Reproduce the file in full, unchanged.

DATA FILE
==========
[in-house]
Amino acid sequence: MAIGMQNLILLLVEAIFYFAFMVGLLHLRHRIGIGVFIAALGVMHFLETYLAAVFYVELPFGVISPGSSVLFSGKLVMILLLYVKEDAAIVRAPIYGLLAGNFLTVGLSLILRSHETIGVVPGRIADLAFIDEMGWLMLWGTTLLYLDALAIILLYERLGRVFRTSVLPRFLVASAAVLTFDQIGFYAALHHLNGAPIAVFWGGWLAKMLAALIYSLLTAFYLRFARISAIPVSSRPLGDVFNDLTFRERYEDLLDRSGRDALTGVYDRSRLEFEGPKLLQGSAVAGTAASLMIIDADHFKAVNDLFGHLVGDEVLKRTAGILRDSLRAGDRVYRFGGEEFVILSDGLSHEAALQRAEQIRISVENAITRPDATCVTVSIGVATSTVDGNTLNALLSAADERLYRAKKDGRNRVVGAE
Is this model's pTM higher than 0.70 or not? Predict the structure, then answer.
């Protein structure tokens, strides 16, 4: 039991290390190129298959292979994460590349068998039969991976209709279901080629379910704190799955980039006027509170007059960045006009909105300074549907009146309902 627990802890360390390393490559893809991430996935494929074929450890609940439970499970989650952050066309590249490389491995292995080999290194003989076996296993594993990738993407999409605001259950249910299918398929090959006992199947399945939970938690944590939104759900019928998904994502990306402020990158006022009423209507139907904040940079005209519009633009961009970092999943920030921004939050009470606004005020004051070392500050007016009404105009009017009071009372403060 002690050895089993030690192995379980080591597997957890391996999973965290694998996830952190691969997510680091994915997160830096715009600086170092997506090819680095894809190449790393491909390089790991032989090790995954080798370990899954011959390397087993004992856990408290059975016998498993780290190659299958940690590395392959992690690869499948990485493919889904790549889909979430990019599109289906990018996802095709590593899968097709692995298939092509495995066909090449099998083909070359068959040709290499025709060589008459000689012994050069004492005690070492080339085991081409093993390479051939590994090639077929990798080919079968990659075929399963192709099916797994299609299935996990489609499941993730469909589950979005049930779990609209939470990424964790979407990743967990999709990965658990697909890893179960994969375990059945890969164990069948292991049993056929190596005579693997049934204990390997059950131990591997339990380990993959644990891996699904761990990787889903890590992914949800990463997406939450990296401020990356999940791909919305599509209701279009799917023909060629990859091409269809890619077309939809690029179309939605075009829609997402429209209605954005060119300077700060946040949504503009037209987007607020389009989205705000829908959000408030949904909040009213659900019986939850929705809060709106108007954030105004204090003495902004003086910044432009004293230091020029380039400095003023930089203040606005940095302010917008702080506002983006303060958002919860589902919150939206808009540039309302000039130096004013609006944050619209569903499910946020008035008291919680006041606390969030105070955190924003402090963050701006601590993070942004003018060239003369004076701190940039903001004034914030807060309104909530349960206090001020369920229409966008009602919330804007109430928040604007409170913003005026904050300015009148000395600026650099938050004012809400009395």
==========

[in-house]
Amino acid sequence: MAIGMQNLILLLVEAIFYFAFMVGLLHLRHRIGIGVFIAALGVMHFLETYLAAVFYVELPFGVISPGSSVLFSGKLVMILLLYVKEDAAIVRAPIYGLLAGNFLTVGLSLILRSHETIGVVPGRIADLAFIDEMGWLMLWGTTLLYLDALAIILLYERLGRVFRTSVLPRFLVASAAVLTFDQIGFYAALHHLNGAPIAVFWGGWLAKMLAALIYSLLTAFYLRFARISAIPVSSRPLGDVFNDLTFRERYEDLLDRSGRDALTGVYDRSRLEFEGPKLLQGSAVAGTAASLMIIDADHFKAVNDLFGHLVGDEVLKRTAGILRDSLRAGDRVYRFGGEEFVILSDGLSHEAALQRAEQIRISVENAITRPDATCVTVSIGVATSTVDGNTLNALLSAADERLYRAKKDGRNRVVGAE
Is this model's pTM higher than 0.70 or not? Predict the structure, then answer.
């Protein structure tokens, strides 16, 4: 039991290390190129298959292979994460590349068998039969991976209709279901080629379910704190799955980039006027509170007059960045006009909105300074549907009146309902 627990802890360390390393490559893809991430996935494929074929450890609940439970499970989650952050066309590249490389491995292995080999290194003989076996296993594993990738993407999409605001259950249910299918398929090959006992199947399945939970938690944590939104759900019928998904994502990306402020990158006022009423209507139907904040940079005209519009633009961009970092999943920030921004939050009470606004005020004051070392500050007016009404105009009017009071009372403060 002690050895089993030690192995379980080591597997957890391996999973965290694998996830952190691969997510680091994915997160830096715009600086170092997506090819680095894809190449790393491909390089790991032989090790995954080798370990899954011959390397087993004992856990408290059975016998498993780290190659299958940690590395392959992690690869499948990485493919889904790549889909979430990019599109289906990018996802095709590593899968097709692995298939092509495995066909090449099998083909070359068959040709290499025709060589008459000689012994050069004492005690070492080339085991081409093993390479051939590994090639077929990798080919079968990659075929399963192709099916797994299609299935996990489609499941993730469909589950979005049930779990609209939470990424964790979407990743967990999709990965658990697909890893179960994969375990059945890969164990069948292991049993056929190596005579693997049934204990390997059950131990591997339990380990993959644990891996699904761990990787889903890590992914949800990463997406939450990296401020990356999940791909919305599509209701279009799917023909060629990859091409269809890619077309939809690029179309939605075009829609997402429209209605954005060119300077700060946040949504503009037209987007607020389009989205705000829908959000408030949904909040009213659900019986939850929705809060709106108007954030105004204090003495902004003086910044432009004293230091020029380039400095003023930089203040606005940095302010917008702080506002983006303060958002919860589902919150939206808009540039309302000039130096004013609006944050619209569903499910946020008035008291919680006041606390969030105070955190924003402090963050701006601590993070942004003018060239003369004076701190940039903001004034914030807060309104909530349960206090001020369920229409966008009602919330804007109430928040604007409170913003005026904050300015009148000395600026650099938050004012809400009395």